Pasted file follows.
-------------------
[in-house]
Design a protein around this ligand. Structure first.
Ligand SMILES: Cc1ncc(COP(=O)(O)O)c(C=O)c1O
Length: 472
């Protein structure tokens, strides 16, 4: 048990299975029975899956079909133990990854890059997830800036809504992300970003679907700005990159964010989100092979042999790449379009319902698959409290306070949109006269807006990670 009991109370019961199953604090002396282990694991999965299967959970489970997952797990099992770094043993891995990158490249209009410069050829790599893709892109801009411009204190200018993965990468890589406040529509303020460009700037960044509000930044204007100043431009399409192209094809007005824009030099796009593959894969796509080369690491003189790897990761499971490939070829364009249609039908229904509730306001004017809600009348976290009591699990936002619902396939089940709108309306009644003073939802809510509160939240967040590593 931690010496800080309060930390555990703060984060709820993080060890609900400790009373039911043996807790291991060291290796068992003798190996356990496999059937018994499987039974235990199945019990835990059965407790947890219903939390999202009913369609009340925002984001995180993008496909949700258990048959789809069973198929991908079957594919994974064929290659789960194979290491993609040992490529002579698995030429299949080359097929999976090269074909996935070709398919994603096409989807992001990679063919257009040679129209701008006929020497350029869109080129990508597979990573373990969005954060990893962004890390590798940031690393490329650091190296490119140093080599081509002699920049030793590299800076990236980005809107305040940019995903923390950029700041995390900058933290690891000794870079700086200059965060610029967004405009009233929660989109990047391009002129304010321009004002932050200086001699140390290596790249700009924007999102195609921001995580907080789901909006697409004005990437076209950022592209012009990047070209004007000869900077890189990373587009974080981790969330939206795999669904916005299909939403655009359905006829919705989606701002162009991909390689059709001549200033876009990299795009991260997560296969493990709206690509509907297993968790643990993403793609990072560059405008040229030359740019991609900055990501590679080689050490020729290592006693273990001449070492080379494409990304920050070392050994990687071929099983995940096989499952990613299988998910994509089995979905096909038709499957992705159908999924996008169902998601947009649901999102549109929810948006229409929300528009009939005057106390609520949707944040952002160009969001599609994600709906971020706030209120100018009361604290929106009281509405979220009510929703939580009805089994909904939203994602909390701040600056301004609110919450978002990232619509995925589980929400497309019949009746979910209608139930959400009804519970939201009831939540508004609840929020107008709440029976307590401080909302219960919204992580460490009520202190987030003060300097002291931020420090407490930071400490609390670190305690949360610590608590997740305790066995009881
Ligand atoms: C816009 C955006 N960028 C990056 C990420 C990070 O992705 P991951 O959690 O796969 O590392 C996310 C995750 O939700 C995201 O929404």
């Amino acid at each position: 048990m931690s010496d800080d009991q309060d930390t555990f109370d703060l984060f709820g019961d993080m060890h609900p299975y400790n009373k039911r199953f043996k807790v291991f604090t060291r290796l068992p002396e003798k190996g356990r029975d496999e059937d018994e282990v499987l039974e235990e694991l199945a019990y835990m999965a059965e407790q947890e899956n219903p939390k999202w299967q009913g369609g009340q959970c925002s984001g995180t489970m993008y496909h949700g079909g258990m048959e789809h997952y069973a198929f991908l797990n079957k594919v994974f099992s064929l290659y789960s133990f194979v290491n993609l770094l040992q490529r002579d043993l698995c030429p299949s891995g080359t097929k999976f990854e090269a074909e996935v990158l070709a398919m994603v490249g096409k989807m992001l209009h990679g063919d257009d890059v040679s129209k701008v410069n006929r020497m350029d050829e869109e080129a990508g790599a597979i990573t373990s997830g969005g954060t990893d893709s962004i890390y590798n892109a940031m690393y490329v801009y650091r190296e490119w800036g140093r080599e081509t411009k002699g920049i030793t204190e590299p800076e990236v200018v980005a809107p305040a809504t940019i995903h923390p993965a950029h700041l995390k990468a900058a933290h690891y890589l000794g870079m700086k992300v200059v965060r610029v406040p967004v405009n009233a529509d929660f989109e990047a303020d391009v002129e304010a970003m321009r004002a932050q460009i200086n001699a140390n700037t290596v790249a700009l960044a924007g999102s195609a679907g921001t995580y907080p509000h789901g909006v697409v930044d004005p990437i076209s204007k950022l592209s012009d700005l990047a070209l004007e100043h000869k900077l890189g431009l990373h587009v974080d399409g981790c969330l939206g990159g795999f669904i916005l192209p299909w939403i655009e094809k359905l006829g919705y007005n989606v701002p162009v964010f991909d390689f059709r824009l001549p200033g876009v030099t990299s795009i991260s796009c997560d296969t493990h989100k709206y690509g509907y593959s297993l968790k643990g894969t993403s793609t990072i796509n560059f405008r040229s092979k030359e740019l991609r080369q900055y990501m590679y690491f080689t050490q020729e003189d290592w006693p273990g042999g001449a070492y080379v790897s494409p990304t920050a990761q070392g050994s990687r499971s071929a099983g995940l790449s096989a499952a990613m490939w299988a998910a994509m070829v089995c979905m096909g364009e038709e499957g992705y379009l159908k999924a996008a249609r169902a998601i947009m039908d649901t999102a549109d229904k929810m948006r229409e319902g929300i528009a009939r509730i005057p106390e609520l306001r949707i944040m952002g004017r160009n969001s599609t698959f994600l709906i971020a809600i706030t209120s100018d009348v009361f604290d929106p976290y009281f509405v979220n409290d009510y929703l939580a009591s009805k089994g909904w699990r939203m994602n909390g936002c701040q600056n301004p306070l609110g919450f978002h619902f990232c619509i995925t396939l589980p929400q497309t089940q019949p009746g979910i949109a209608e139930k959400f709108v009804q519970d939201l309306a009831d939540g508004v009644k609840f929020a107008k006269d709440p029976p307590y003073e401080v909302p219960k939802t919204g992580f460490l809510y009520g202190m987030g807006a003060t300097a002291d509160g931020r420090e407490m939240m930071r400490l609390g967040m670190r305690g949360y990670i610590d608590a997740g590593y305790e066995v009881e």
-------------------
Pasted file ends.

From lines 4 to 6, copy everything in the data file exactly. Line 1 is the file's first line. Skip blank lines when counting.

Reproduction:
Length: 472
């Protein structure tokens, strides 16, 4: 048990299975029975899956079909133990990854890059997830800036809504992300970003679907700005990159964010989100092979042999790449379009319902698959409290306070949109006269807006990670 009991109370019961199953604090002396282990694991999965299967959970489970997952797990099992770094043993891995990158490249209009410069050829790599893709892109801009411009204190200018993965990468890589406040529509303020460009700037960044509000930044204007100043431009399409192209094809007005824009030099796009593959894969796509080369690491003189790897990761499971490939070829364009249609039908229904509730306001004017809600009348976290009591699990936002619902396939089940709108309306009644003073939802809510509160939240967040590593 931690010496800080309060930390555990703060984060709820993080060890609900400790009373039911043996807790291991060291290796068992003798190996356990496999059937018994499987039974235990199945019990835990059965407790947890219903939390999202009913369609009340925002984001995180993008496909949700258990048959789809069973198929991908079957594919994974064929290659789960194979290491993609040992490529002579698995030429299949080359097929999976090269074909996935070709398919994603096409989807992001990679063919257009040679129209701008006929020497350029869109080129990508597979990573373990969005954060990893962004890390590798940031690393490329650091190296490119140093080599081509002699920049030793590299800076990236980005809107305040940019995903923390950029700041995390900058933290690891000794870079700086200059965060610029967004405009009233929660989109990047391009002129304010321009004002932050200086001699140390290596790249700009924007999102195609921001995580907080789901909006697409004005990437076209950022592209012009990047070209004007000869900077890189990373587009974080981790969330939206795999669904916005299909939403655009359905006829919705989606701002162009991909390689059709001549200033876009990299795009991260997560296969493990709206690509509907297993968790643990993403793609990072560059405008040229030359740019991609900055990501590679080689050490020729290592006693273990001449070492080379494409990304920050070392050994990687071929099983995940096989499952990613299988998910994509089995979905096909038709499957992705159908999924996008169902998601947009649901999102549109929810948006229409929300528009009939005057106390609520949707944040952002160009969001599609994600709906971020706030209120100018009361604290929106009281509405979220009510929703939580009805089994909904939203994602909390701040600056301004609110919450978002990232619509995925589980929400497309019949009746979910209608139930959400009804519970939201009831939540508004609840929020107008709440029976307590401080909302219960919204992580460490009520202190987030003060300097002291931020420090407490930071400490609390670190305690949360610590608590997740305790066995009881
Ligand atoms: C816009 C955006 N960028 C990056 C990420 C990070 O992705 P991951 O959690 O796969 O590392 C996310 C995750 O939700 C995201 O929404």